Jenny Chan 陳詠欣
Aug 31, 2015

Greater China, condensed: Toms being a brand of its word, Sohu-iQiyi fight, more

The theme for this Monday's roundup can be summed up in two words: promises and pledges.

Greater China, condensed: Toms being a brand of its word, Sohu-iQiyi fight, more

The coolest campaign we've seen in the past week integrates technology, utility and charity. For the next five weeks in five Chinese cities (Beijing, Hangzhou, Shanghai, Guangzhou, Xi'an), Toms will bring virtual-reality filled trips to selected riders of Didi's private car service (see right). Via a VR headset showing a four-minute film of Toms employees donating shoes to a Peruvian primary school, this campaign is a follow-up to an earlier May philantrophic push urging folks to exchange barefoot selfies for free shoes for children in need. That's (virtual) proof of a brand doing what it says it will!

That contrasts survey results from a China Customer Experience Index from Forrester Research, where 42 per cent of 60 brands in five industries claim that improving the online customer experience is top priority, yet none of them surveyed rated excellent. In fact, 80 per cent are delivering merely "mediocre" customer experiences while only 15 per cent qualified as “good”, according to 9,000 skeptical Chinese consumers. Of those that are "good", smaller banks have greater incentive to try harder, as losing a potential lifelong customer is more costly than to the large incumbents.

A separate study has confirmed how iQiyi and Youku are dominating online video (or OTV, as the market likes to acronymise it) scene with stiff competition among themselves. This fact was mentioned in another article we wrote about the problems of video advertising last week. According to GroupM's Shan Hai Jin's analysis, iQiyi tops the market, especially among the younger generation. In the consumers' minds, iQiyi and Sohu, a much smaller player, are actually much alike (see below). "If Sohu gets enough funding, it will become another iQiyi soon," the study predicted.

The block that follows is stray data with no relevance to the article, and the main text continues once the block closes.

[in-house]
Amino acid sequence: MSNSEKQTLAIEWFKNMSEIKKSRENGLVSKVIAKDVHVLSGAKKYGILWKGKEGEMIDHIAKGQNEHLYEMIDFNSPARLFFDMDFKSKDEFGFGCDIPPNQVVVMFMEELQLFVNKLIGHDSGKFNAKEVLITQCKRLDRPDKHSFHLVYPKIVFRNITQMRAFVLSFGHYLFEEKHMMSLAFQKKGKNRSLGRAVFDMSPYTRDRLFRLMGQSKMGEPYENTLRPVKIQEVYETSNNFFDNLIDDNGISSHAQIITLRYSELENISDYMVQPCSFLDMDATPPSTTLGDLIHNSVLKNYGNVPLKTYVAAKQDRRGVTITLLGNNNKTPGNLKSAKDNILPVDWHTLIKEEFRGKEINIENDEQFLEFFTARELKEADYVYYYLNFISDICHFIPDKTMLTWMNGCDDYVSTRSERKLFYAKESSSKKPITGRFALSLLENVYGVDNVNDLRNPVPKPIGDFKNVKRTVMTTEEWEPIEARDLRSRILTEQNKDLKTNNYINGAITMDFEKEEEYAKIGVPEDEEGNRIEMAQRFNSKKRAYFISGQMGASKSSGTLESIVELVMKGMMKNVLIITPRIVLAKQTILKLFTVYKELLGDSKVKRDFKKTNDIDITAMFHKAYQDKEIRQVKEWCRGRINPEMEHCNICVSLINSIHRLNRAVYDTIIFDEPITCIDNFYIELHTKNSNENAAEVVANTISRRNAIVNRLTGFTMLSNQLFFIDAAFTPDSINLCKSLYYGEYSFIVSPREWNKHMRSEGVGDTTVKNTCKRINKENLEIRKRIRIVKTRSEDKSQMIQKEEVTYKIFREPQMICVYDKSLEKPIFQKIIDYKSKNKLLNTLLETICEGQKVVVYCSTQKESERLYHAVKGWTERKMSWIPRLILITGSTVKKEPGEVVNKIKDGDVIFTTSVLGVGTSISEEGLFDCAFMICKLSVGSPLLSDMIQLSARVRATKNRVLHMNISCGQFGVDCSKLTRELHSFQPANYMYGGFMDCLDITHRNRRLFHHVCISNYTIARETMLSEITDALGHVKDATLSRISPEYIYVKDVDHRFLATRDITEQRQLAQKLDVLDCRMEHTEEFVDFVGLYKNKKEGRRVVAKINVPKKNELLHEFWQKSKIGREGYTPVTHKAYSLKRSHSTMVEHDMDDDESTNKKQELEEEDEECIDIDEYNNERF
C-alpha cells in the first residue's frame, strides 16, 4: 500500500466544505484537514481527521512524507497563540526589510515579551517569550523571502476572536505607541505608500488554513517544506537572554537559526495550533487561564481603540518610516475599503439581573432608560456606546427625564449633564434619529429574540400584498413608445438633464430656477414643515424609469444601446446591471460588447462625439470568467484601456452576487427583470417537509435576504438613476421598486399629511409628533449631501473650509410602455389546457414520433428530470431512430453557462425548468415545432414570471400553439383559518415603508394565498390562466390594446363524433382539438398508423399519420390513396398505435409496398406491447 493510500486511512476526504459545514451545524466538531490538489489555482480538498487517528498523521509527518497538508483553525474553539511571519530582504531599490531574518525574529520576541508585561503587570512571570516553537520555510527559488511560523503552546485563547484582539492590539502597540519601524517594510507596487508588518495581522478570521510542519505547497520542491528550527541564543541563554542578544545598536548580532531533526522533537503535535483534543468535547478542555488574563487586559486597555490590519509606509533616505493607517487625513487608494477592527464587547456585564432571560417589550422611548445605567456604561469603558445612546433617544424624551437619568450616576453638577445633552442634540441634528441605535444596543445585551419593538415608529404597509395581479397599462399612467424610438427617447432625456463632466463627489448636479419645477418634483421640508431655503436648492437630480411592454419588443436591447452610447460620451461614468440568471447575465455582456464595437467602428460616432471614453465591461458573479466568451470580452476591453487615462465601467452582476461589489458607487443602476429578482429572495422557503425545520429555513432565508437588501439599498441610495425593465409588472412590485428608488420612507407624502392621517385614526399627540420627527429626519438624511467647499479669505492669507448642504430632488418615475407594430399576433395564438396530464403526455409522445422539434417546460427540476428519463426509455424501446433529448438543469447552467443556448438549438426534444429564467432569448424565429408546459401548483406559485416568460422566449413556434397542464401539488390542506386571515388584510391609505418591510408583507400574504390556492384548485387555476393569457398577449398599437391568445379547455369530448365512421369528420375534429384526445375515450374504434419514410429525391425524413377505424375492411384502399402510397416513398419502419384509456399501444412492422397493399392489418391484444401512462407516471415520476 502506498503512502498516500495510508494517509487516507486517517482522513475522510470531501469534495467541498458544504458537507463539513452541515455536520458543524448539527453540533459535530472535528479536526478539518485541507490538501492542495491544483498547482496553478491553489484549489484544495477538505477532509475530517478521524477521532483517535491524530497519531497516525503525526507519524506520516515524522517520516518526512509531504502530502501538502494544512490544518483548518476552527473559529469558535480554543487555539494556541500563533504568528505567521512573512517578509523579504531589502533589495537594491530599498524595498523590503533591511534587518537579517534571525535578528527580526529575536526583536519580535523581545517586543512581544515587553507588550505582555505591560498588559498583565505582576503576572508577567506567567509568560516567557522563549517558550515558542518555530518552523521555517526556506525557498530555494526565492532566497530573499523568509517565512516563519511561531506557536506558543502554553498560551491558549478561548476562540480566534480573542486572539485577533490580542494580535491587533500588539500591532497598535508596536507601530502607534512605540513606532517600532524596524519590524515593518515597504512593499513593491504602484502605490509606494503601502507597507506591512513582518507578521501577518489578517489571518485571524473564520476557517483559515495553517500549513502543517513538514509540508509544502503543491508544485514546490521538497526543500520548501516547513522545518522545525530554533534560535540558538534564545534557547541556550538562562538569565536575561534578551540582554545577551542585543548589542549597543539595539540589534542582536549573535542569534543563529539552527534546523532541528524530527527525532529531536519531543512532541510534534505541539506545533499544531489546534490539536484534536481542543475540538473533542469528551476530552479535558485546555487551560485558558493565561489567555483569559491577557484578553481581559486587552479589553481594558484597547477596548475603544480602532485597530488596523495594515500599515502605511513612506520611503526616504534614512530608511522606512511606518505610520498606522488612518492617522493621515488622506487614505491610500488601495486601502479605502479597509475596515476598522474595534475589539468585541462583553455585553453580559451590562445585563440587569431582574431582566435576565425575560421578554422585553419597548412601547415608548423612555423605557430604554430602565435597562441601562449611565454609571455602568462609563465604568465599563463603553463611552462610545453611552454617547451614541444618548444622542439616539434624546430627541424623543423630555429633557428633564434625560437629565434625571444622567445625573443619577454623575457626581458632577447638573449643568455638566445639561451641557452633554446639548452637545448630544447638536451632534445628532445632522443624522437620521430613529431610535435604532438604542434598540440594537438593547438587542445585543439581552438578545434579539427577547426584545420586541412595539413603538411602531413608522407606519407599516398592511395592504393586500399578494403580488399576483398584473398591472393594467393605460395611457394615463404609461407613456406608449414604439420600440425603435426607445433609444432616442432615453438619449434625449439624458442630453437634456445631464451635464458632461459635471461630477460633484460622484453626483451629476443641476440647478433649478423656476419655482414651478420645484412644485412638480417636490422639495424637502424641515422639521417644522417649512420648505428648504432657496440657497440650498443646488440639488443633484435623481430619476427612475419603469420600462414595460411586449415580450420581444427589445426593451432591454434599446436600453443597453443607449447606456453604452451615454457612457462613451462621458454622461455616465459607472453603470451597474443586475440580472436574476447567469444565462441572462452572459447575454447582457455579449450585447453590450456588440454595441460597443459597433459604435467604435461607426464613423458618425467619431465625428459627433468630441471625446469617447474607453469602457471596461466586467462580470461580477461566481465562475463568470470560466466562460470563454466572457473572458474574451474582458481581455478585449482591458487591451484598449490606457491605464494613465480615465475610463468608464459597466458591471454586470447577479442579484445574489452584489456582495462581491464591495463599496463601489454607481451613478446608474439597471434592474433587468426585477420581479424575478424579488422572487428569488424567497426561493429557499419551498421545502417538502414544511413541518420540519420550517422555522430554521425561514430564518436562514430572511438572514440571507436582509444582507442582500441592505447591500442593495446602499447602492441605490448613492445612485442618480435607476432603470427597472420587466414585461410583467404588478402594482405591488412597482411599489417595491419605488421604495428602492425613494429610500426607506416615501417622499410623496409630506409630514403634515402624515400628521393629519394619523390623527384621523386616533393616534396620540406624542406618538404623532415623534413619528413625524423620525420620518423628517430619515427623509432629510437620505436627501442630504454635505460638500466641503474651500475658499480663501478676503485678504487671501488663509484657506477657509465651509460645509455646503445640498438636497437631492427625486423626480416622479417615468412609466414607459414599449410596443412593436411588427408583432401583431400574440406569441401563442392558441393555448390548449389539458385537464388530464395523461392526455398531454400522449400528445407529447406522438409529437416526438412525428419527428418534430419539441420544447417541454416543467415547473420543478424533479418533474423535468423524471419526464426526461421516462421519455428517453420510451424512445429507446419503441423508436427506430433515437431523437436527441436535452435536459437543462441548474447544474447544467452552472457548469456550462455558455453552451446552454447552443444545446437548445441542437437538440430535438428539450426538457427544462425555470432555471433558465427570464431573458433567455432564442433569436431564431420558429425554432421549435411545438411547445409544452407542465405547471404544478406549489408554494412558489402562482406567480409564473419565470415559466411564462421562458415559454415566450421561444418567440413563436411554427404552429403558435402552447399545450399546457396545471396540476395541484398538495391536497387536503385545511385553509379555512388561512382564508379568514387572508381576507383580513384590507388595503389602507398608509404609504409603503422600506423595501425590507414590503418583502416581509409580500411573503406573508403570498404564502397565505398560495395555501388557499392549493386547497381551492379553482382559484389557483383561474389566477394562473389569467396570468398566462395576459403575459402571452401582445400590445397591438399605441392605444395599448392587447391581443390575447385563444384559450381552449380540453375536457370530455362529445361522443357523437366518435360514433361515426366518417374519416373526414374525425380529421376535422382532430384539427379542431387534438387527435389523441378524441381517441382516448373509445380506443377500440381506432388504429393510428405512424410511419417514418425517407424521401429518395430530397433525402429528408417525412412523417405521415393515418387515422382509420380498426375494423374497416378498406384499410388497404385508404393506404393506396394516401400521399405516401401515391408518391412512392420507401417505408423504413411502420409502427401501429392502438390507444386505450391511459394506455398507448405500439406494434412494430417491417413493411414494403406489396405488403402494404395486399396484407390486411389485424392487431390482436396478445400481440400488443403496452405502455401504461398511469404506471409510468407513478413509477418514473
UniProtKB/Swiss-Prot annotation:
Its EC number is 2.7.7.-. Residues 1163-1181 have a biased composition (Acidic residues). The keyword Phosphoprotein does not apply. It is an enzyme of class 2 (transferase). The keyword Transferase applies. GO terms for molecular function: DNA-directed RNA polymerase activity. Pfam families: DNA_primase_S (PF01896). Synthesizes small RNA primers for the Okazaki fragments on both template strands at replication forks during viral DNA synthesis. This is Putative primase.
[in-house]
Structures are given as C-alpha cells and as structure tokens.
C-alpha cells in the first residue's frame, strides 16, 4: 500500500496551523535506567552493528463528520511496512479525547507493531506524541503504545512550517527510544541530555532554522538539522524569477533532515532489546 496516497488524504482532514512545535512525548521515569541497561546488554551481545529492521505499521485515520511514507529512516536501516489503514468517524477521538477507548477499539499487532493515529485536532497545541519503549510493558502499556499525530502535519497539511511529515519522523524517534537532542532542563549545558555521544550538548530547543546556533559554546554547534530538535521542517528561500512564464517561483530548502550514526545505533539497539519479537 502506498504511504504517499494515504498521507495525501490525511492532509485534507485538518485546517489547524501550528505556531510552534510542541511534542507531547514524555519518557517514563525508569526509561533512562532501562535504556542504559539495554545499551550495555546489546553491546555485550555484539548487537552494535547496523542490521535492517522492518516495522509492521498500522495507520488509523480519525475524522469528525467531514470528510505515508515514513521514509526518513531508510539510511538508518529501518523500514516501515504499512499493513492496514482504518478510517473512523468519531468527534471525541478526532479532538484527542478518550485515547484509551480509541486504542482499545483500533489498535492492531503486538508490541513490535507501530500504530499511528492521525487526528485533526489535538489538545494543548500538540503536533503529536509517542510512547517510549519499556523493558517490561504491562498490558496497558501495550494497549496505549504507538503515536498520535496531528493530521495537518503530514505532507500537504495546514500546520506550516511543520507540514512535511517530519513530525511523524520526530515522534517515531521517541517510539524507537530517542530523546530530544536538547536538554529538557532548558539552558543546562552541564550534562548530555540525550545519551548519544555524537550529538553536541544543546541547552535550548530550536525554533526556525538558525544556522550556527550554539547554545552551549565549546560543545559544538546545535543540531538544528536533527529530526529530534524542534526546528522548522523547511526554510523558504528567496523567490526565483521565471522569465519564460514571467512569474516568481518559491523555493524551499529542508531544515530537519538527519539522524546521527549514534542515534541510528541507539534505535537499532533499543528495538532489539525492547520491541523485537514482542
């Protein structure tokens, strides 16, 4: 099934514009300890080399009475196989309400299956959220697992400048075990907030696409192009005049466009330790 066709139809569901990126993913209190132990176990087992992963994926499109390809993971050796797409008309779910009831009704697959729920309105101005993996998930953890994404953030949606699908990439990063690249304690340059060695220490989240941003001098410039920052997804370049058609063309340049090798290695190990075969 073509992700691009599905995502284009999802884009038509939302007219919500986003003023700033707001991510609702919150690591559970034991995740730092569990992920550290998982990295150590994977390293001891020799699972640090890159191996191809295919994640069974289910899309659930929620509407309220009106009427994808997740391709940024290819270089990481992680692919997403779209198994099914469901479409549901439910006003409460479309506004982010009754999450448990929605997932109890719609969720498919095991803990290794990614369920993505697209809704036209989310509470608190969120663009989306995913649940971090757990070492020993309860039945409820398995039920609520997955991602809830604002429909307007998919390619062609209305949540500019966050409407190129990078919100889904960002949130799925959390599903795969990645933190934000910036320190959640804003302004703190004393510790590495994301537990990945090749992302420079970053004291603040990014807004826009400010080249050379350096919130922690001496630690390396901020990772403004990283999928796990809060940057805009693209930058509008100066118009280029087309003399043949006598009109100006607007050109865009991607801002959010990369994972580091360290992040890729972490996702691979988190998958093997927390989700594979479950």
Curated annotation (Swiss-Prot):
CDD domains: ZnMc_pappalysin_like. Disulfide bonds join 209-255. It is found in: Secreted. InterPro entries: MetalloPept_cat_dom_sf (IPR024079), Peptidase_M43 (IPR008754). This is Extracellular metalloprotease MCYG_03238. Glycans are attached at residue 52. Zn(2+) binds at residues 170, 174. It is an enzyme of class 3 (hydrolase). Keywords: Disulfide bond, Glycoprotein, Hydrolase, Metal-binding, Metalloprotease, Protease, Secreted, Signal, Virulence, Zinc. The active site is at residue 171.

In other news, Maxus has appointed Milton Liao as VP for Southern China, starting tomorrow. He reports directly to Annie Hsiao, Maxus China's president, and will be responsible for all operations including client servicing and new business development in the Southern China region, a unique market with its own language system and cultural background. Prior to Maxus, he was VP of Orient Life, overseeing the establishment of the new pharmaceutical company, from product positioning to new launch. We think Maxus' current client Pfizer may benefit from this hire.


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